Religious Sociology

In our continuing quest to diversify the fields and interests of our contributors here at Religion in American History, please welcome our new guest poster Gerardo Marti!

Gerardo Marti is author of
Hollywood Faith: Holiness, Prosperity, and Ambition in a Los Angeles Church (Rutgers University Press, 2008) and A Mosaic of Believers: Diversity and Innovation in a Multiethnic Church (Indiana University Press, 2005).

Active in researching race, religion, and social change, he is
Assistant Professor of Sociology at Davidson College and will be the Lynette S. Autrey Visiting Professor of Religious Studies at Rice University this fall while completing a book project on worship in racially integrated churches. Here's his first post.

History and Sociology - A Dispatch from Boston
by Gerardo Marti

Among the most stimulating events surrounding this year's American Sociological Association meetings in Boston was the "Culture Mini-conference" hosted at the Harvard Business School organized by the Sociology of Culture section, one of the most popular sections of the association. For me, a real highlight was hearing a great talk from Geneviève Zubrzycki, an assistant professor from the University of Michigan, who spoke on the relation between history and culture.

Zubrzycki is the author of The Crosses of Auschwitz (Chicago, 2006), an award-winning book that is (as she describes it) an "analysis of a specific event, the so-called War of the Crosses, when ultranationalist Poles erected hundreds of crosses just outside Auschwitz to mark the site as one of Polish martyrdom (as opposed to one of the Jewish Shoah), and to stridently affirm Poles' Catholic identity." The book is interesting and insightful as it suggests a means to examine how memorials and broader historical events contribute to the collective identity of nation-states.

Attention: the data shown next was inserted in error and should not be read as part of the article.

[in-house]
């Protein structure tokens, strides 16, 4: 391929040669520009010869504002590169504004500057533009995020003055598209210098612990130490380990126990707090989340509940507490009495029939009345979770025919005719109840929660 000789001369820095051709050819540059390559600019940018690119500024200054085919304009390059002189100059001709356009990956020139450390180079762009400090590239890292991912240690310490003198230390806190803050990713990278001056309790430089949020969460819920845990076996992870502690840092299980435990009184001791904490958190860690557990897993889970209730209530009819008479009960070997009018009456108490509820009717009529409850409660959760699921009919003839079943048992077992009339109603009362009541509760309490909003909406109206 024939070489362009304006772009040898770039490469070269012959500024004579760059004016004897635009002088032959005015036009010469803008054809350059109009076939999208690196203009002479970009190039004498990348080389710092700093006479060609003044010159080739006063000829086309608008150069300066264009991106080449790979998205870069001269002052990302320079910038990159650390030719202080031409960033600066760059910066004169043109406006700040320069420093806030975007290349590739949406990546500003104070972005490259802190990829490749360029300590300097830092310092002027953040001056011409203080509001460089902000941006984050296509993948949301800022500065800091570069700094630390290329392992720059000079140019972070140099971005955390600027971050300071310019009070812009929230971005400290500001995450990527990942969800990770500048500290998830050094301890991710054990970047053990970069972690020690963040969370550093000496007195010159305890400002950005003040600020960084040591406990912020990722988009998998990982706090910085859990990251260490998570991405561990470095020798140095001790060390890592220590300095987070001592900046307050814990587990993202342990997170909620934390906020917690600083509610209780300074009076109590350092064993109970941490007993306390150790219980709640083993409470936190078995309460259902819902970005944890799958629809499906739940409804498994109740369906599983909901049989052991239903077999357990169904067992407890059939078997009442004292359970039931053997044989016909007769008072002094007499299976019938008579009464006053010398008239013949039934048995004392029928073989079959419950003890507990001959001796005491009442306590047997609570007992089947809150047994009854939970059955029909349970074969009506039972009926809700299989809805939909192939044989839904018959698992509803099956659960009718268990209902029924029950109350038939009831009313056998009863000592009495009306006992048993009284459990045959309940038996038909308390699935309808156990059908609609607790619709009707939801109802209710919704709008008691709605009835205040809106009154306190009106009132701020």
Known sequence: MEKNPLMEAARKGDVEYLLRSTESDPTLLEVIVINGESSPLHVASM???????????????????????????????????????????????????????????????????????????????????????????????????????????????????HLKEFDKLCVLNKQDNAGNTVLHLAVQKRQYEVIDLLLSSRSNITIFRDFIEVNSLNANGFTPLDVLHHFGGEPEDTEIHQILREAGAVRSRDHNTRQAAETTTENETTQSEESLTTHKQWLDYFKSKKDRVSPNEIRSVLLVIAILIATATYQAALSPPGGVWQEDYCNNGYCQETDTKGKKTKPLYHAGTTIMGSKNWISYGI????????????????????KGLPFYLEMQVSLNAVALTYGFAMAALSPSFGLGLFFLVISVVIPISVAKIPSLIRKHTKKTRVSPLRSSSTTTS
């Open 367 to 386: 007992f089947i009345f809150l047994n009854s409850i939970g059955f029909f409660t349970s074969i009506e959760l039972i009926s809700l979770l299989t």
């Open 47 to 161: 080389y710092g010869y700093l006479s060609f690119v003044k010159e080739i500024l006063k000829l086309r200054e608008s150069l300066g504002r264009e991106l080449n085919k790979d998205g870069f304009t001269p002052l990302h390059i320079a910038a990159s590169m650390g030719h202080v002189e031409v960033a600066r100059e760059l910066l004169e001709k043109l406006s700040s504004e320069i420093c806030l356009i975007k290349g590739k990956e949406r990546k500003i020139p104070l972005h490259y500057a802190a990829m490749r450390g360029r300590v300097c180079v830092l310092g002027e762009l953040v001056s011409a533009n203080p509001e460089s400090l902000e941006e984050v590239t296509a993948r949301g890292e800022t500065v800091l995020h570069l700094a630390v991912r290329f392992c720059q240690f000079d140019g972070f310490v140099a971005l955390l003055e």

In her talk, Zubrzycki described her work "as a cultural sociology of historical transitions and transformations, of historical crossroads and turning points, of moments of what I call 'narrative shocks' that question collective memory and redefine national identity." Historical sociology is a mode of inquiry, "a way of thinking through social problems that is dynamic and processual." She looks to the meaning given to events through narratives and then how those narratives determine "the direction of social transformation and institutional change." Analysis of the crosses of Auschwitz provides a strategic opportunity for demonstrating how symbols (in this case, a nationalized memorial) "are embedded in layers of historical narratives created through key events." In other words, sociologists like Zubrzycki believe the past affects the future through the collective meanings people give to events, and then those event-meanings shape the future. In her work, symbols are not static but historicized.

Like other sociologists, my basic training often pushed quantitative analysis over qualitative inquiry. Yet as I continue to grow in my fascination with history, I am thrilled to hear careful thinking from colleagues on the relation between history and the fundamental dynamics of the social world. Scholars like Zubrzycki are pushing sociologists like me beyond merely providing a mere "historical context" for significant social dynamics but rather to force ourselves to work through the complex issues of collective memory and the nature of temporality in social constructions. Stay tuned for more from Zubrzycki. Her current research focuses on religion and Canada-but of course the nuance of the work goes beyond such a quick blurb.


Phil said…
Great post, Gerardo, and welcome aboard. Look forward to reading your thoughts and reflections here, and look forward to catching up with you in Houston.
Gerardo said…
Thanks much, Phil. Eager for your book to come out so don't keep us waiting too long...
CBender said…
Genevieve's book is indeed fantastic, and it won the American Sociological Association's Section on Religion Book Award in 2007.
rjc said…
I second (third?) the praise for Genevieve's book. A must-read!